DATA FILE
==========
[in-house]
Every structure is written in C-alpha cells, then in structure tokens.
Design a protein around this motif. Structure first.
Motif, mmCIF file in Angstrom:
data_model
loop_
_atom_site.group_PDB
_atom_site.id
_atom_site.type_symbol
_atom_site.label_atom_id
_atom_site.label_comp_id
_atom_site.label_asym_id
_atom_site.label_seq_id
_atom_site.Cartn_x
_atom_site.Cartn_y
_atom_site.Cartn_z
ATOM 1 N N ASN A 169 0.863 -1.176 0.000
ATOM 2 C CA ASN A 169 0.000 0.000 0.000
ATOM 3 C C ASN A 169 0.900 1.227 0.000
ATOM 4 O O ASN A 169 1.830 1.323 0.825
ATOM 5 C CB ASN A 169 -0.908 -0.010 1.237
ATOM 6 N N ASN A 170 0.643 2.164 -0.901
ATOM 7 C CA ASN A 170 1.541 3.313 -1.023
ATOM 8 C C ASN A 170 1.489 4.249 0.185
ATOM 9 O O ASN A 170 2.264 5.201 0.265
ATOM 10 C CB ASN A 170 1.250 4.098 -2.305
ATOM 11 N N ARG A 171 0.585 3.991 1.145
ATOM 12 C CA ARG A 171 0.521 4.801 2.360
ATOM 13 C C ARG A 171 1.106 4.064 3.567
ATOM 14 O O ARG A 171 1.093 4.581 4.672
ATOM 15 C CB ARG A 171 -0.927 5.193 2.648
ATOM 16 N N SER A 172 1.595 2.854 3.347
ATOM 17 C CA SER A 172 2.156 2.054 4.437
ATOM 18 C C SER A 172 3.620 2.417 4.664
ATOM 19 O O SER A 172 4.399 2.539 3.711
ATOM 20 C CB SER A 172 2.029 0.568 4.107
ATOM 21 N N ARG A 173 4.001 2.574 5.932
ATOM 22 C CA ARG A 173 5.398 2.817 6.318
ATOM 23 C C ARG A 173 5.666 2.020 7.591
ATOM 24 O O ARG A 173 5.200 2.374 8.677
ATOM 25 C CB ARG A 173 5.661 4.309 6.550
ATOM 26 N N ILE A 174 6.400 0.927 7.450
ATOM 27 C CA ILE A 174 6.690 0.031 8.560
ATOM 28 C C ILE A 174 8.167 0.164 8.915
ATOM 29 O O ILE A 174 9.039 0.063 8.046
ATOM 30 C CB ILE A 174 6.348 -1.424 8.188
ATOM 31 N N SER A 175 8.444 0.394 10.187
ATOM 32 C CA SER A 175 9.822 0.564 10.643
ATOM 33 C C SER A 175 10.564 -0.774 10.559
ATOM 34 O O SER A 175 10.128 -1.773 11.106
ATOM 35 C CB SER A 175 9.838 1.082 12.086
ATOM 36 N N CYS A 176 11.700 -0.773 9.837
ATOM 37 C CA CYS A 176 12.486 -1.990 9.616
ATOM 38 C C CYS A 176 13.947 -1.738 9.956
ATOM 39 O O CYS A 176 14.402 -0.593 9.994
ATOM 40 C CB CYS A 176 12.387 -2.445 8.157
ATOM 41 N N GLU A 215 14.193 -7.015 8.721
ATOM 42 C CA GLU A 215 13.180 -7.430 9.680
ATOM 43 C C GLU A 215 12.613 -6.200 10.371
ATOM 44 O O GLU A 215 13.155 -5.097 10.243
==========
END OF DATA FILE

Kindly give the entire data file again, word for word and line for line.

[in-house]
Every structure is written in C-alpha cells, then in structure tokens.
Design a protein around this motif. Structure first.
Motif, mmCIF file in Angstrom:
data_model
loop_
_atom_site.group_PDB
_atom_site.id
_atom_site.type_symbol
_atom_site.label_atom_id
_atom_site.label_comp_id
_atom_site.label_asym_id
_atom_site.label_seq_id
_atom_site.Cartn_x
_atom_site.Cartn_y
_atom_site.Cartn_z
ATOM 1 N N ASN A 169 0.863 -1.176 0.000
ATOM 2 C CA ASN A 169 0.000 0.000 0.000
ATOM 3 C C ASN A 169 0.900 1.227 0.000
ATOM 4 O O ASN A 169 1.830 1.323 0.825
ATOM 5 C CB ASN A 169 -0.908 -0.010 1.237
ATOM 6 N N ASN A 170 0.643 2.164 -0.901
ATOM 7 C CA ASN A 170 1.541 3.313 -1.023
ATOM 8 C C ASN A 170 1.489 4.249 0.185
ATOM 9 O O ASN A 170 2.264 5.201 0.265
ATOM 10 C CB ASN A 170 1.250 4.098 -2.305
ATOM 11 N N ARG A 171 0.585 3.991 1.145
ATOM 12 C CA ARG A 171 0.521 4.801 2.360
ATOM 13 C C ARG A 171 1.106 4.064 3.567
ATOM 14 O O ARG A 171 1.093 4.581 4.672
ATOM 15 C CB ARG A 171 -0.927 5.193 2.648
ATOM 16 N N SER A 172 1.595 2.854 3.347
ATOM 17 C CA SER A 172 2.156 2.054 4.437
ATOM 18 C C SER A 172 3.620 2.417 4.664
ATOM 19 O O SER A 172 4.399 2.539 3.711
ATOM 20 C CB SER A 172 2.029 0.568 4.107
ATOM 21 N N ARG A 173 4.001 2.574 5.932
ATOM 22 C CA ARG A 173 5.398 2.817 6.318
ATOM 23 C C ARG A 173 5.666 2.020 7.591
ATOM 24 O O ARG A 173 5.200 2.374 8.677
ATOM 25 C CB ARG A 173 5.661 4.309 6.550
ATOM 26 N N ILE A 174 6.400 0.927 7.450
ATOM 27 C CA ILE A 174 6.690 0.031 8.560
ATOM 28 C C ILE A 174 8.167 0.164 8.915
ATOM 29 O O ILE A 174 9.039 0.063 8.046
ATOM 30 C CB ILE A 174 6.348 -1.424 8.188
ATOM 31 N N SER A 175 8.444 0.394 10.187
ATOM 32 C CA SER A 175 9.822 0.564 10.643
ATOM 33 C C SER A 175 10.564 -0.774 10.559
ATOM 34 O O SER A 175 10.128 -1.773 11.106
ATOM 35 C CB SER A 175 9.838 1.082 12.086
ATOM 36 N N CYS A 176 11.700 -0.773 9.837
ATOM 37 C CA CYS A 176 12.486 -1.990 9.616
ATOM 38 C C CYS A 176 13.947 -1.738 9.956
ATOM 39 O O CYS A 176 14.402 -0.593 9.994
ATOM 40 C CB CYS A 176 12.387 -2.445 8.157
ATOM 41 N N GLU A 215 14.193 -7.015 8.721
ATOM 42 C CA GLU A 215 13.180 -7.430 9.680
ATOM 43 C C GLU A 215 12.613 -6.200 10.371
ATOM 44 O O GLU A 215 13.155 -5.097 10.243